If there’s anything to be said about New York City after this election, it’s that we don’t stay silent. Like many other millennials in several other cities across this nation, I have had the opportunity to exercise my democratic right and protest our imminent leader. In my experience doing so, I have seen the silver lining around this dark cloud of a national decision. We, as a party, have united. Back in July, when the Democratic National Convention decided on Hillary Clinton as the candidate for this election season, we saw a split in our party. Scorned Bernie supporters raved that it was rigged, and Hillary supporters rejoiced and begged their fellow leftists to join on the journey to the White House with the self proclaimed pantsuit aficionado herself. Now, in the face of validated bigotry, hatred, and antiquated traditionalism it was all of us out there on the streets rioting for the protection of our social progress as a new generation. This unity amongst us and the anger that we have for the rights of our fellow man: there is our silver lining. I am not Muslim, transgender, or an undocumented immigrant and neither were many of my fellow protesters, but none of us cared. We have come to realize that the rights of others are as valuable and worth defending as our own. I am so proud of what I’ve seen in this past week.
Now, I know that many are going to read this and say, “well the rest of the country is not like New York City and clearly does not share that sense of unity,” and they would be right. As happy as we are in this liberal metropolis, there is resistance against cruel and dangerous values, there are rumors throughout the internet of KKK risings and heartbreaking stories about hijab women being attacked and LGBT+ being beaten. A Saudi man was bludgeoned to the point of death in Wisconsin. As an idealist youth, I’ve been forced to realize is that the rest of my country is not like my city, but that’s not why I’m writing this. This is a small article in one publication that I wanted to write to those in dangerous areas, those who are afraid to wear their sacred headdresses for fear of attack, those who just look to be of a certain ethnic descent, those who fear an unethical deportation of their families and destruction of their livelihood.
I am writing to those who have been disillusioned by the nation that works so hard to proclaim itself as egalitarian. I want you to know that there are those that care. There are entire cities that accept you and love you and will fight to defend you.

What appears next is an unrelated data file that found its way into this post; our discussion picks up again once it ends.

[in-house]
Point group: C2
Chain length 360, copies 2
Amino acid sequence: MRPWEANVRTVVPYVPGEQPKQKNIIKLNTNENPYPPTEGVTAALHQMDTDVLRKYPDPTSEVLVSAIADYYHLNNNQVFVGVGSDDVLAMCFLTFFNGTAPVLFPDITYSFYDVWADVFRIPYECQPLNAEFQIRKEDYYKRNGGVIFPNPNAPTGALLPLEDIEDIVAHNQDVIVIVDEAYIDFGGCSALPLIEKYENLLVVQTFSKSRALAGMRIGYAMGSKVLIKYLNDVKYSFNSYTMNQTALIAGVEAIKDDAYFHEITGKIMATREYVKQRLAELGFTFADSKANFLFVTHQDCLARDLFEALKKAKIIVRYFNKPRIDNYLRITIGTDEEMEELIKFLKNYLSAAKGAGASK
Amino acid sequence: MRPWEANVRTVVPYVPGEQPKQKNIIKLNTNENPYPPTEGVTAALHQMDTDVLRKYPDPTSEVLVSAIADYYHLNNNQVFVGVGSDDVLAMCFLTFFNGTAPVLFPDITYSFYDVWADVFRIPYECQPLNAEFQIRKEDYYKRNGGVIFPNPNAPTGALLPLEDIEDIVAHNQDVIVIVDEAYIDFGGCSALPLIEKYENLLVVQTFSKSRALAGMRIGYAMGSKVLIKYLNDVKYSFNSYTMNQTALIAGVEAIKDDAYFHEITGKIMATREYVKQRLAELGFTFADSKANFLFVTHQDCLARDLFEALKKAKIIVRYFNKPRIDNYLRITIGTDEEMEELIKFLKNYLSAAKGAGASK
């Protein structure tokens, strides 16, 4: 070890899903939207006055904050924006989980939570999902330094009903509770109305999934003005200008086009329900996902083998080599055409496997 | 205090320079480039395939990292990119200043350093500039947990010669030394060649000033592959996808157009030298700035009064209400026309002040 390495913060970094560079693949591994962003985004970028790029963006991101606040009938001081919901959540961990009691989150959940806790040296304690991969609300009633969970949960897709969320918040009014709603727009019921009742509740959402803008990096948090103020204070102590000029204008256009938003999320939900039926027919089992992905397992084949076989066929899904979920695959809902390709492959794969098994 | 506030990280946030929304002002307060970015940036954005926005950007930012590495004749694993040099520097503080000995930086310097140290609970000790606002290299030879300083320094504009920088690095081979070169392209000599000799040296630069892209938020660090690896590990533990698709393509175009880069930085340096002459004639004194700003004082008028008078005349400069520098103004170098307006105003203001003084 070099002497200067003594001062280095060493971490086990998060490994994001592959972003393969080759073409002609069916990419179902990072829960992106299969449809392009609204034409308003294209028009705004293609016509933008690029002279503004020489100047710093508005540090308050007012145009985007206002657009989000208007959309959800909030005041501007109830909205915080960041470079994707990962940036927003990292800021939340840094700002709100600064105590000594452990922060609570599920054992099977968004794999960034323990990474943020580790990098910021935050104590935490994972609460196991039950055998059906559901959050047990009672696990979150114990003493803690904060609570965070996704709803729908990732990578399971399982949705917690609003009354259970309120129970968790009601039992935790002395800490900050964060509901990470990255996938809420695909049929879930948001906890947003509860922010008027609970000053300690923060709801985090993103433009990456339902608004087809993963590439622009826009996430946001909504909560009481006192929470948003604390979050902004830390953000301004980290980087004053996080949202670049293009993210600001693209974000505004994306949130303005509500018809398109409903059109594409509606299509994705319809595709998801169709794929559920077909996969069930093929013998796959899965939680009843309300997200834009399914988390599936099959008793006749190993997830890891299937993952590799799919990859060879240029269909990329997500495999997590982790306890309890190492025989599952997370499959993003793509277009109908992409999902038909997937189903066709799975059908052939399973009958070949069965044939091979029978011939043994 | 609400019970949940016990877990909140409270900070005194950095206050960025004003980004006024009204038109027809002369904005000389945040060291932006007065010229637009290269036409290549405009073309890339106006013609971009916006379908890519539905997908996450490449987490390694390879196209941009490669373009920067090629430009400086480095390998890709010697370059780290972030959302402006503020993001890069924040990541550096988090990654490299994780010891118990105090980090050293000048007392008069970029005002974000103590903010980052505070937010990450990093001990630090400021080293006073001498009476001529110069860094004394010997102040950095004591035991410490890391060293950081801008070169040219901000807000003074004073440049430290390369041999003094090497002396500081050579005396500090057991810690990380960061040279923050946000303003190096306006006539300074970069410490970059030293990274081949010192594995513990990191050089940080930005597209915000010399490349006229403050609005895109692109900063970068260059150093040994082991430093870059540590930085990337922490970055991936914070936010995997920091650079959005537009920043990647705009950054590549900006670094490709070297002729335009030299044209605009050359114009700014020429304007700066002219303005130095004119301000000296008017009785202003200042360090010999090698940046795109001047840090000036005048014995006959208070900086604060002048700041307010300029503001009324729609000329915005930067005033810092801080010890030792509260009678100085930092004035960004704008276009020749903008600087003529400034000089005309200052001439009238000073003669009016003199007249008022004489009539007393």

I know that it’s a very real possibility that there are people who find themselves to be the only ones on their block with melanin, or with Muslim beliefs, or trying to achieve citizenship, but I hope that if you’re reading this, this is a small comfort in the face of such despair.
To those low income, often white, 55% female Americans that voted for the hatred that shook marginalized groups to their very core, I want to make it clear that I don’t hate you. You have been tricked by the militant nationalist and therefore fascist response of the ruling class that tells you that your poverty is due to other proletarian people. You have been sold the lie that your enemy is the man who is another color, or the woman who loves a woman, or the refugee from a war torn nation. You have been fooled. The only ones to blame for your poverty and your struggles are not those you think are stealing your jobs, it’s those who carry the capitalistic system that requires such income disparity. So, as you voted for a man who is counting on your pain and fear, I want you to know that you have only been fooled. You will never succeed on the backs of those who could help you in the struggle out of capitalism. You have turned on who could be your comrades, your brothers and sisters, and descended into a lie that fascist rhetoric is the answer. I can only hope you realize the error of your ways.
As we move toward the transition between these historic presidencies, I hope we can all find the unity that is necessary to prosper. Hate has never been the answer. Perhaps, after embracing it fully as a nation yet again, we will remember why our ancestors died to stop it.